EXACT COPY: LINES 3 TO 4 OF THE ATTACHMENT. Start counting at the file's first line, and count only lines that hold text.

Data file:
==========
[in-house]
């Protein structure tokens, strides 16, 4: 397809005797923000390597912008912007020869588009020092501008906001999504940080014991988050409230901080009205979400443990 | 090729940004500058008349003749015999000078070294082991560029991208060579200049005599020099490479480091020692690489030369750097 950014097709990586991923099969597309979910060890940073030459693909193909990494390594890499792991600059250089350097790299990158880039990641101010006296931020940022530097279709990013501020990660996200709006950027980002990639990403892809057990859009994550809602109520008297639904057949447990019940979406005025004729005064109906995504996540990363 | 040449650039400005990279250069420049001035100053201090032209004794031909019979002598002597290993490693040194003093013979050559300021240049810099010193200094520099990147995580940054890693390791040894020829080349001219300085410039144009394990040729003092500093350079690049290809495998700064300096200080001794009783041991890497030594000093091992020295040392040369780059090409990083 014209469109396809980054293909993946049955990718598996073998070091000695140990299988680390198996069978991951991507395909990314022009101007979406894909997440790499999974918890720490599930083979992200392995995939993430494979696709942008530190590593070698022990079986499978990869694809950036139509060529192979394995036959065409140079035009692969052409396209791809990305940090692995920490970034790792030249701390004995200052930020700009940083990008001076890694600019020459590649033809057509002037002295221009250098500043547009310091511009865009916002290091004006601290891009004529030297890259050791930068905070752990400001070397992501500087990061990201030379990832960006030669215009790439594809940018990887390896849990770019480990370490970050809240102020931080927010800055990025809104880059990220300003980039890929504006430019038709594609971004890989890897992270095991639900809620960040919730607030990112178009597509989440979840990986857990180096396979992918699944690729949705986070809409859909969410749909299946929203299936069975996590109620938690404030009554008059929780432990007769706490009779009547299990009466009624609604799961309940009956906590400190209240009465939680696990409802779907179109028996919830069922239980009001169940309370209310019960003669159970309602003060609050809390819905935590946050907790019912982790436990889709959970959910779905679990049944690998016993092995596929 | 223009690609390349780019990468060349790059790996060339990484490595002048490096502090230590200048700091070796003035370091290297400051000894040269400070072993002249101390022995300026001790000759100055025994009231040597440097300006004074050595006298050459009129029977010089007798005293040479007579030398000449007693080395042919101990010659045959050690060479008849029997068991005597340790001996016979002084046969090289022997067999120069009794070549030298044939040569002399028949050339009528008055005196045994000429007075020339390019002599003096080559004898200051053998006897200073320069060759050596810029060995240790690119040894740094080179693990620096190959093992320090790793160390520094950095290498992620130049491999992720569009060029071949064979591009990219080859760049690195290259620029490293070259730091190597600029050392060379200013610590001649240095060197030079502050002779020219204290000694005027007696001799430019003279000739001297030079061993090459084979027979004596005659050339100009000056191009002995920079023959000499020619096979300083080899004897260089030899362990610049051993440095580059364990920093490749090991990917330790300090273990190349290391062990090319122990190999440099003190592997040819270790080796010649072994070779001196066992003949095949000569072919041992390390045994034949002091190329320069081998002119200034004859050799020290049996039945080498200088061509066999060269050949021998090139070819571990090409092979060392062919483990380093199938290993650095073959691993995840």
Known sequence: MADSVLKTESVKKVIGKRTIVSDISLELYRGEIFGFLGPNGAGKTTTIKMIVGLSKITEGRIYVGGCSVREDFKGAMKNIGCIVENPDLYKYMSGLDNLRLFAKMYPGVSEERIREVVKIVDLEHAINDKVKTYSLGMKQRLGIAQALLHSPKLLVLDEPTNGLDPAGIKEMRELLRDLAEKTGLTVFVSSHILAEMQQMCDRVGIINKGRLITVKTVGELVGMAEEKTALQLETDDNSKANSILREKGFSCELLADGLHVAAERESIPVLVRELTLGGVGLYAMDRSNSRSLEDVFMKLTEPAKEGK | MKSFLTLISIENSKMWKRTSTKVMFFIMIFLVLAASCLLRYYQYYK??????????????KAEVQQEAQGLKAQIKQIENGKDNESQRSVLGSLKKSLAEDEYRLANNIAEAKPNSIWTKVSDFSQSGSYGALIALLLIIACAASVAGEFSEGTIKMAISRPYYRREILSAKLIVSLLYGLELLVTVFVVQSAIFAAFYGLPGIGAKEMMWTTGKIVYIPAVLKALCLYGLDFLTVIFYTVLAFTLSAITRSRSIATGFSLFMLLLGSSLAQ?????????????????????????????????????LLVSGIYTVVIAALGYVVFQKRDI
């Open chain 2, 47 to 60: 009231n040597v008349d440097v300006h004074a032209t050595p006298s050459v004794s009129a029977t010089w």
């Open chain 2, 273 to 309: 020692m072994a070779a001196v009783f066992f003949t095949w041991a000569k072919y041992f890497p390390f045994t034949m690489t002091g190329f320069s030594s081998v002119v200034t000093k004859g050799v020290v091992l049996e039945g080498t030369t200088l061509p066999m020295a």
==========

Known sequence: MADSVLKTESVKKVIGKRTIVSDISLELYRGEIFGFLGPNGAGKTTTIKMIVGLSKITEGRIYVGGCSVREDFKGAMKNIGCIVENPDLYKYMSGLDNLRLFAKMYPGVSEERIREVVKIVDLEHAINDKVKTYSLGMKQRLGIAQALLHSPKLLVLDEPTNGLDPAGIKEMRELLRDLAEKTGLTVFVSSHILAEMQQMCDRVGIINKGRLITVKTVGELVGMAEEKTALQLETDDNSKANSILREKGFSCELLADGLHVAAERESIPVLVRELTLGGVGLYAMDRSNSRSLEDVFMKLTEPAKEGK | MKSFLTLISIENSKMWKRTSTKVMFFIMIFLVLAASCLLRYYQYYK??????????????KAEVQQEAQGLKAQIKQIENGKDNESQRSVLGSLKKSLAEDEYRLANNIAEAKPNSIWTKVSDFSQSGSYGALIALLLIIACAASVAGEFSEGTIKMAISRPYYRREILSAKLIVSLLYGLELLVTVFVVQSAIFAAFYGLPGIGAKEMMWTTGKIVYIPAVLKALCLYGLDFLTVIFYTVLAFTLSAITRSRSIATGFSLFMLLLGSSLAQ?????????????????????????????????????LLVSGIYTVVIAALGYVVFQKRDI
């Open chain 2, 47 to 60: 009231n040597v008349d440097v300006h004074a032209t050595p006298s050459v004794s009129a029977t010089w």